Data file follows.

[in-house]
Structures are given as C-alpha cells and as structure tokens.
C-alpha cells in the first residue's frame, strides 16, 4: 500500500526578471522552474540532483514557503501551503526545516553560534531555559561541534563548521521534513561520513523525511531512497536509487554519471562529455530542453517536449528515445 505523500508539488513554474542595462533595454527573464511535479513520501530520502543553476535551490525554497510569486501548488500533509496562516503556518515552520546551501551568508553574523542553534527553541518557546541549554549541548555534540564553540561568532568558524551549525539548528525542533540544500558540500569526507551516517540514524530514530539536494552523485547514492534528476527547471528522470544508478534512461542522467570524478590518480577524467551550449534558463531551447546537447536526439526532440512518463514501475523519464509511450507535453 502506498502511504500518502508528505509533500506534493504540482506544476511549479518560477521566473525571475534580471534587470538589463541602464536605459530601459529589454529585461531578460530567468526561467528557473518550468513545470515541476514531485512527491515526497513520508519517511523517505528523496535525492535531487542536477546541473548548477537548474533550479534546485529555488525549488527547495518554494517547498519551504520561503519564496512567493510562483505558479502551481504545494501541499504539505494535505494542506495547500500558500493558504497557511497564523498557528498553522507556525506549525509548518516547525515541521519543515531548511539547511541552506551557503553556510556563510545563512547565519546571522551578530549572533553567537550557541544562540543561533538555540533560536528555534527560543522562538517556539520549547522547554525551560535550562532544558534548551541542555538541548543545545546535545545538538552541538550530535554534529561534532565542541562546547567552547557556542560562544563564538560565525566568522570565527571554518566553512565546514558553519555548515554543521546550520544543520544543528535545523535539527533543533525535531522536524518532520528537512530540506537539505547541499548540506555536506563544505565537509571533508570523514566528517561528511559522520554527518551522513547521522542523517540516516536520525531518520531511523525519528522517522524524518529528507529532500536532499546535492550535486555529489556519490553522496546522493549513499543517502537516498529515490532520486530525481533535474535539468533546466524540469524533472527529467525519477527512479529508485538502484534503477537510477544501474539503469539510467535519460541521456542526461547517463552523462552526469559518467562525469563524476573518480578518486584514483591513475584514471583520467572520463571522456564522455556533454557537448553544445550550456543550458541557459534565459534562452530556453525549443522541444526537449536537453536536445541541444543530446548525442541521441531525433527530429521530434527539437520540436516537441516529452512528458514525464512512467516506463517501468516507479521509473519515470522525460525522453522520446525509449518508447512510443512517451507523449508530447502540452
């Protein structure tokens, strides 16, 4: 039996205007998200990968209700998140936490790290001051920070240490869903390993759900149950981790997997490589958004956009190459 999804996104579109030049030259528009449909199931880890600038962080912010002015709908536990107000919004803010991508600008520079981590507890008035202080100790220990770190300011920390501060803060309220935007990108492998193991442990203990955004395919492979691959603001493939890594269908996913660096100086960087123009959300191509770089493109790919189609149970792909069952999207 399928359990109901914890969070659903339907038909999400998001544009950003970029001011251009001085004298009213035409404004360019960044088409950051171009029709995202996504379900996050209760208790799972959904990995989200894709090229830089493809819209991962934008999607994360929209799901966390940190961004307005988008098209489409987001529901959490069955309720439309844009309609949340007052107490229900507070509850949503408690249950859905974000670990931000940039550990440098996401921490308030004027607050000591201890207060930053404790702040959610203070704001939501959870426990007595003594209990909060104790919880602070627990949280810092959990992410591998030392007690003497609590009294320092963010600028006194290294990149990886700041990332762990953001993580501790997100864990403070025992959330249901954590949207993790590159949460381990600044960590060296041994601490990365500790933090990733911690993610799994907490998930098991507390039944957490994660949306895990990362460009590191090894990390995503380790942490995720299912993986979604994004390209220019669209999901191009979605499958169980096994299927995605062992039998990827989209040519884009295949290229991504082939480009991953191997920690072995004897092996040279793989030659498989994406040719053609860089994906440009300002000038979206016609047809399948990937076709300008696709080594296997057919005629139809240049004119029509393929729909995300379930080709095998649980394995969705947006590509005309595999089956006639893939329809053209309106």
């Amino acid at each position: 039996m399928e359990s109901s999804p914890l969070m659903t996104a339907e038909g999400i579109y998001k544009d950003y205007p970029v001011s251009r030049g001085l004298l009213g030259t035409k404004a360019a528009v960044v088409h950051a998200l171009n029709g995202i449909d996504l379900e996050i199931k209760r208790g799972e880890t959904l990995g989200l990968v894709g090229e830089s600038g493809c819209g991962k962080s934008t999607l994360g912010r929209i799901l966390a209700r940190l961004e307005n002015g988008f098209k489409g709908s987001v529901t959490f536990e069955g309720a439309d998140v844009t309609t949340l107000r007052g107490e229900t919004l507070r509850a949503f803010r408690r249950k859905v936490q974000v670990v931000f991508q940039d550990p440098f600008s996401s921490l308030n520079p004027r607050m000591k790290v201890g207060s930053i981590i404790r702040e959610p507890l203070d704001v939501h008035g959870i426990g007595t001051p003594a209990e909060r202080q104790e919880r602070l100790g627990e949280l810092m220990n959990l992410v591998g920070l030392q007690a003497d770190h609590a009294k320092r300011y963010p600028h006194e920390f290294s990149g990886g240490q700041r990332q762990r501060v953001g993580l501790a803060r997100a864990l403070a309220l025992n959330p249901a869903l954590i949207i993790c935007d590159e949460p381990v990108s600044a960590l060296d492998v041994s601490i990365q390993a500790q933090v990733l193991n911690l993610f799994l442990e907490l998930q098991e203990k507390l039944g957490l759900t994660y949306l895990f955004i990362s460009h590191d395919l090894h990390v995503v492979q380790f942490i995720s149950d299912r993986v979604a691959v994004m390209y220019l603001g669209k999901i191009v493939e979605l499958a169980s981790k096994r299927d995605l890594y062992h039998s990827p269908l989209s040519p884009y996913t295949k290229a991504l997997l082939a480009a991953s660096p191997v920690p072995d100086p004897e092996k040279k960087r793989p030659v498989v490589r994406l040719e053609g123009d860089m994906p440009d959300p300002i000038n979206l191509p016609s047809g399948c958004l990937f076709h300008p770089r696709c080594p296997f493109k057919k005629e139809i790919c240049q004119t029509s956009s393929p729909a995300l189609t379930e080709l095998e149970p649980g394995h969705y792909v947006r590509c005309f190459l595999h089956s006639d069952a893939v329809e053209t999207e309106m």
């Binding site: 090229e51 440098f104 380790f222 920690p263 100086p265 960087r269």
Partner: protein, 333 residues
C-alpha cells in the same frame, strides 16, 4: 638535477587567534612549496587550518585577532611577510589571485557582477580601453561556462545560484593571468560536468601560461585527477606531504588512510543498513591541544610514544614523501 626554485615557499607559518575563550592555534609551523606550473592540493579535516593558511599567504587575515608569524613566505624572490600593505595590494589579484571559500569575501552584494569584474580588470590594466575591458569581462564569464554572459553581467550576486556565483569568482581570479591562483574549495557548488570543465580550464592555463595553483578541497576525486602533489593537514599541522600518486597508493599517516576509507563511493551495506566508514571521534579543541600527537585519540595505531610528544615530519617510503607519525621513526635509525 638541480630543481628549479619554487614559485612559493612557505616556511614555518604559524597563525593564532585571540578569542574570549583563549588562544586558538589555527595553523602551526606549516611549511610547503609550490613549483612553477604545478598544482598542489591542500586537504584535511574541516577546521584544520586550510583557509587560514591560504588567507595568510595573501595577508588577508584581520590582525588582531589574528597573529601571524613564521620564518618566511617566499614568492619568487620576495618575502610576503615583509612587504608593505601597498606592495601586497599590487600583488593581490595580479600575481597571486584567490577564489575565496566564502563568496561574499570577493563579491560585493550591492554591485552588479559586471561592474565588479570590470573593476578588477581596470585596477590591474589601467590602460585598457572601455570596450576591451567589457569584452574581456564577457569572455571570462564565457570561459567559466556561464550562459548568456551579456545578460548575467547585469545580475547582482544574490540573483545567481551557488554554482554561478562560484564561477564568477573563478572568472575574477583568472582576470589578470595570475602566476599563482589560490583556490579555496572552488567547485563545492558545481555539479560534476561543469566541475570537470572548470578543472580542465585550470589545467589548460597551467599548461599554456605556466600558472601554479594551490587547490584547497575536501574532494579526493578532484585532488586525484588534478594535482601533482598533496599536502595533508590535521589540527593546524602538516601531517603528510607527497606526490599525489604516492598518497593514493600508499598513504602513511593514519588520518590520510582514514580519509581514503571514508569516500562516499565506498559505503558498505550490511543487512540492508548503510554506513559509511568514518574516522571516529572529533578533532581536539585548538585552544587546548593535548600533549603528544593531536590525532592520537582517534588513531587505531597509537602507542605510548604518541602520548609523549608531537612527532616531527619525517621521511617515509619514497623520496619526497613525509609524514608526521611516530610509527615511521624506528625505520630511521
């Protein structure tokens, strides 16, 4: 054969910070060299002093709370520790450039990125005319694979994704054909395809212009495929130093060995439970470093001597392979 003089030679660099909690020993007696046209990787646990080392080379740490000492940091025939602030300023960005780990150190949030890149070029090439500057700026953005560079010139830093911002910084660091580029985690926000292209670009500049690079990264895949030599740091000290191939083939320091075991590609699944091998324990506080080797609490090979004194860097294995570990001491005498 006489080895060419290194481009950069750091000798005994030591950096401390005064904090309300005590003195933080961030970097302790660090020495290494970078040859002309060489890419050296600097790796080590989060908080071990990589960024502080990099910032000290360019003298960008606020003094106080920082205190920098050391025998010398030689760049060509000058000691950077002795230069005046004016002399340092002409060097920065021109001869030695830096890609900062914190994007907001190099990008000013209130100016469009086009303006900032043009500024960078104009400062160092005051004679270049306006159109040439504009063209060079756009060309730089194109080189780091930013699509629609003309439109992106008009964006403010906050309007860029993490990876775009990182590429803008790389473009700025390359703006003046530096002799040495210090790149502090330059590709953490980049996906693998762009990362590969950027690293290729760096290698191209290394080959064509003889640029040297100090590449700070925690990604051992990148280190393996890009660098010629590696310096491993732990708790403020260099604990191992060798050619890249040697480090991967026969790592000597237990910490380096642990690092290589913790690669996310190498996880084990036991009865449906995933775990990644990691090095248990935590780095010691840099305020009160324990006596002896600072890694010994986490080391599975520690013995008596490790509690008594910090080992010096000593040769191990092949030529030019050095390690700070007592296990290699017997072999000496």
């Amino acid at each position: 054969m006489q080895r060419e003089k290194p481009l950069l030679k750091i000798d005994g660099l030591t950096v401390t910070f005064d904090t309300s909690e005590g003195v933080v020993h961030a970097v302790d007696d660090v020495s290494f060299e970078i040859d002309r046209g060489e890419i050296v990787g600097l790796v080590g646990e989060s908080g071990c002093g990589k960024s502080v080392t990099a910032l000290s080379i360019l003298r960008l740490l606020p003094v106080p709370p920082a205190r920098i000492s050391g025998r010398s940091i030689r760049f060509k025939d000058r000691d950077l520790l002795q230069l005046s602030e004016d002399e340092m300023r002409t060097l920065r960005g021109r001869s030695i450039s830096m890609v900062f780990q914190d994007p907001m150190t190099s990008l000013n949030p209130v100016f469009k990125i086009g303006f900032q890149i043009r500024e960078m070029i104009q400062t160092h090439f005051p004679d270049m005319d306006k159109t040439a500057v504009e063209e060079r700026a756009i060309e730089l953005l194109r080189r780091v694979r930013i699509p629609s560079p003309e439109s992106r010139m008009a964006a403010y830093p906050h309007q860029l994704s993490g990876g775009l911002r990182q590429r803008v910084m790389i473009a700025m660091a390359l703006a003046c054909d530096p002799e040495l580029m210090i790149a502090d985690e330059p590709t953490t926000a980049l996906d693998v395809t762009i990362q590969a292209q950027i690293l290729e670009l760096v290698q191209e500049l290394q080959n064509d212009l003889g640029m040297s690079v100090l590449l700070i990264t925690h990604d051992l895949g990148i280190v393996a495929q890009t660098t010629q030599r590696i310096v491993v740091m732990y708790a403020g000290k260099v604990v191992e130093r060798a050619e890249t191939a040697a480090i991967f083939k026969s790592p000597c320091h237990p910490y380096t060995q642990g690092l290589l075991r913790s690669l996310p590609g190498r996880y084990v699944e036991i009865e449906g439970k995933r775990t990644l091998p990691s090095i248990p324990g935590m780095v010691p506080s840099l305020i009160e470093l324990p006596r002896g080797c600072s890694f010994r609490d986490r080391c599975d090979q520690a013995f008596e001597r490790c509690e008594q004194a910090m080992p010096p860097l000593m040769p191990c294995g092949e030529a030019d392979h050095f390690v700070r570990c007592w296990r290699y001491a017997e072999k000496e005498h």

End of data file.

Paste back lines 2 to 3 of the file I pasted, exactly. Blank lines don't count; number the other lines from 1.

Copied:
Structures are given as C-alpha cells and as structure tokens.
C-alpha cells in the first residue's frame, strides 16, 4: 500500500526578471522552474540532483514557503501551503526545516553560534531555559561541534563548521521534513561520513523525511531512497536509487554519471562529455530542453517536449528515445 505523500508539488513554474542595462533595454527573464511535479513520501530520502543553476535551490525554497510569486501548488500533509496562516503556518515552520546551501551568508553574523542553534527553541518557546541549554549541548555534540564553540561568532568558524551549525539548528525542533540544500558540500569526507551516517540514524530514530539536494552523485547514492534528476527547471528522470544508478534512461542522467570524478590518480577524467551550449534558463531551447546537447536526439526532440512518463514501475523519464509511450507535453 502506498502511504500518502508528505509533500506534493504540482506544476511549479518560477521566473525571475534580471534587470538589463541602464536605459530601459529589454529585461531578460530567468526561467528557473518550468513545470515541476514531485512527491515526497513520508519517511523517505528523496535525492535531487542536477546541473548548477537548474533550479534546485529555488525549488527547495518554494517547498519551504520561503519564496512567493510562483505558479502551481504545494501541499504539505494535505494542506495547500500558500493558504497557511497564523498557528498553522507556525506549525509548518516547525515541521519543515531548511539547511541552506551557503553556510556563510545563512547565519546571522551578530549572533553567537550557541544562540543561533538555540533560536528555534527560543522562538517556539520549547522547554525551560535550562532544558534548551541542555538541548543545545546535545545538538552541538550530535554534529561534532565542541562546547567552547557556542560562544563564538560565525566568522570565527571554518566553512565546514558553519555548515554543521546550520544543520544543528535545523535539527533543533525535531522536524518532520528537512530540506537539505547541499548540506555536506563544505565537509571533508570523514566528517561528511559522520554527518551522513547521522542523517540516516536520525531518520531511523525519528522517522524524518529528507529532500536532499546535492550535486555529489556519490553522496546522493549513499543517502537516498529515490532520486530525481533535474535539468533546466524540469524533472527529467525519477527512479529508485538502484534503477537510477544501474539503469539510467535519460541521456542526461547517463552523462552526469559518467562525469563524476573518480578518486584514483591513475584514471583520467572520463571522456564522455556533454557537448553544445550550456543550458541557459534565459534562452530556453525549443522541444526537449536537453536536445541541444543530446548525442541521441531525433527530429521530434527539437520540436516537441516529452512528458514525464512512467516506463517501468516507479521509473519515470522525460525522453522520446525509449518508447512510443512517451507523449508530447502540452